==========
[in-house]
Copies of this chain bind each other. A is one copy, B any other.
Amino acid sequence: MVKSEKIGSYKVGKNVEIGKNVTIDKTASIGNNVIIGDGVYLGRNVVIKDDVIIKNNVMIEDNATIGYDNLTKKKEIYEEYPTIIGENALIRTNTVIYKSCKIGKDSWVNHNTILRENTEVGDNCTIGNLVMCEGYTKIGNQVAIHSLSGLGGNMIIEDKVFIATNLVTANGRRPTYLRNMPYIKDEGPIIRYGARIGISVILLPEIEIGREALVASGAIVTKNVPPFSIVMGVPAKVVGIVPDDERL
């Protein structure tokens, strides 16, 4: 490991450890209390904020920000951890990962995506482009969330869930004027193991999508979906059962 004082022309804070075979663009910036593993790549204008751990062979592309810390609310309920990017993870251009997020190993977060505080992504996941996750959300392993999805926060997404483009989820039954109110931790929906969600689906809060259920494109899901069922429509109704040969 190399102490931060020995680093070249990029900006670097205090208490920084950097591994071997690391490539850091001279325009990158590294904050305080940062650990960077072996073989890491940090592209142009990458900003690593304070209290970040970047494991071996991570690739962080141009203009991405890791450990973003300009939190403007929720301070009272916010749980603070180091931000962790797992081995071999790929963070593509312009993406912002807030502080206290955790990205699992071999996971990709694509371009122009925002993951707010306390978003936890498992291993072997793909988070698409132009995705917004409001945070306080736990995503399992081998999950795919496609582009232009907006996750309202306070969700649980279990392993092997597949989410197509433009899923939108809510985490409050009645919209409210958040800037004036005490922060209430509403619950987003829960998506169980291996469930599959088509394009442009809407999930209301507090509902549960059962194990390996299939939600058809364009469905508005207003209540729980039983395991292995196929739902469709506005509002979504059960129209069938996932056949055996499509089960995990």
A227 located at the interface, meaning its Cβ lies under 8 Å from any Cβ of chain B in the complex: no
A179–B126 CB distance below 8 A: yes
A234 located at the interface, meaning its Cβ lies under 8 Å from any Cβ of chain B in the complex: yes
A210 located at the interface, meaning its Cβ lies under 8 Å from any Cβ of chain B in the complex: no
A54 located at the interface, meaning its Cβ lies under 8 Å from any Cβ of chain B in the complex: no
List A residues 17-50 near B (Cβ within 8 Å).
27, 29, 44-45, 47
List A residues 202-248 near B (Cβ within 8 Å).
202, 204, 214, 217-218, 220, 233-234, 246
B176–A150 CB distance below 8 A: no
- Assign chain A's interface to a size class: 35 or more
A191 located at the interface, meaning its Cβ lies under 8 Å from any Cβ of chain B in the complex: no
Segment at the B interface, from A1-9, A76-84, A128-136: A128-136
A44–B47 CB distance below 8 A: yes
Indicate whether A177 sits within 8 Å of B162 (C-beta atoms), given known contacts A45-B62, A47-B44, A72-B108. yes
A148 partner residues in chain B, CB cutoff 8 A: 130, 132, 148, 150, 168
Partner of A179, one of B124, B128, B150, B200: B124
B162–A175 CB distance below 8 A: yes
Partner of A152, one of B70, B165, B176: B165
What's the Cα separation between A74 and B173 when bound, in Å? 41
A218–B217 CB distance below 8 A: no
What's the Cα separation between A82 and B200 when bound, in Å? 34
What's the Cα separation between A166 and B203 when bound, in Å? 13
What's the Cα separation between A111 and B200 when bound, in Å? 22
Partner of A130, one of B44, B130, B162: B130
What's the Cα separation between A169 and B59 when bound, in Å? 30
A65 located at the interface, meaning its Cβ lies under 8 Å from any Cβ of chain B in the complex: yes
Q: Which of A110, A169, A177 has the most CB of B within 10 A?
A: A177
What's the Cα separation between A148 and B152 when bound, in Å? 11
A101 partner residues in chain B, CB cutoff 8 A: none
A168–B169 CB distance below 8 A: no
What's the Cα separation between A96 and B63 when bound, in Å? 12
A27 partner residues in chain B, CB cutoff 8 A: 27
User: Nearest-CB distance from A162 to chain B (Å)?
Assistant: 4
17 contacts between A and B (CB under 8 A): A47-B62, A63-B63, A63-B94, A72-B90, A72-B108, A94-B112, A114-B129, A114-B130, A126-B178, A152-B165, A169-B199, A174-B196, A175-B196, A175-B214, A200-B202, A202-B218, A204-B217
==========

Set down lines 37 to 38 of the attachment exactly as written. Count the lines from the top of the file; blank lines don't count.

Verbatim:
What's the Cα separation between A96 and B63 when bound, in Å? 12
A27 partner residues in chain B, CB cutoff 8 A: 27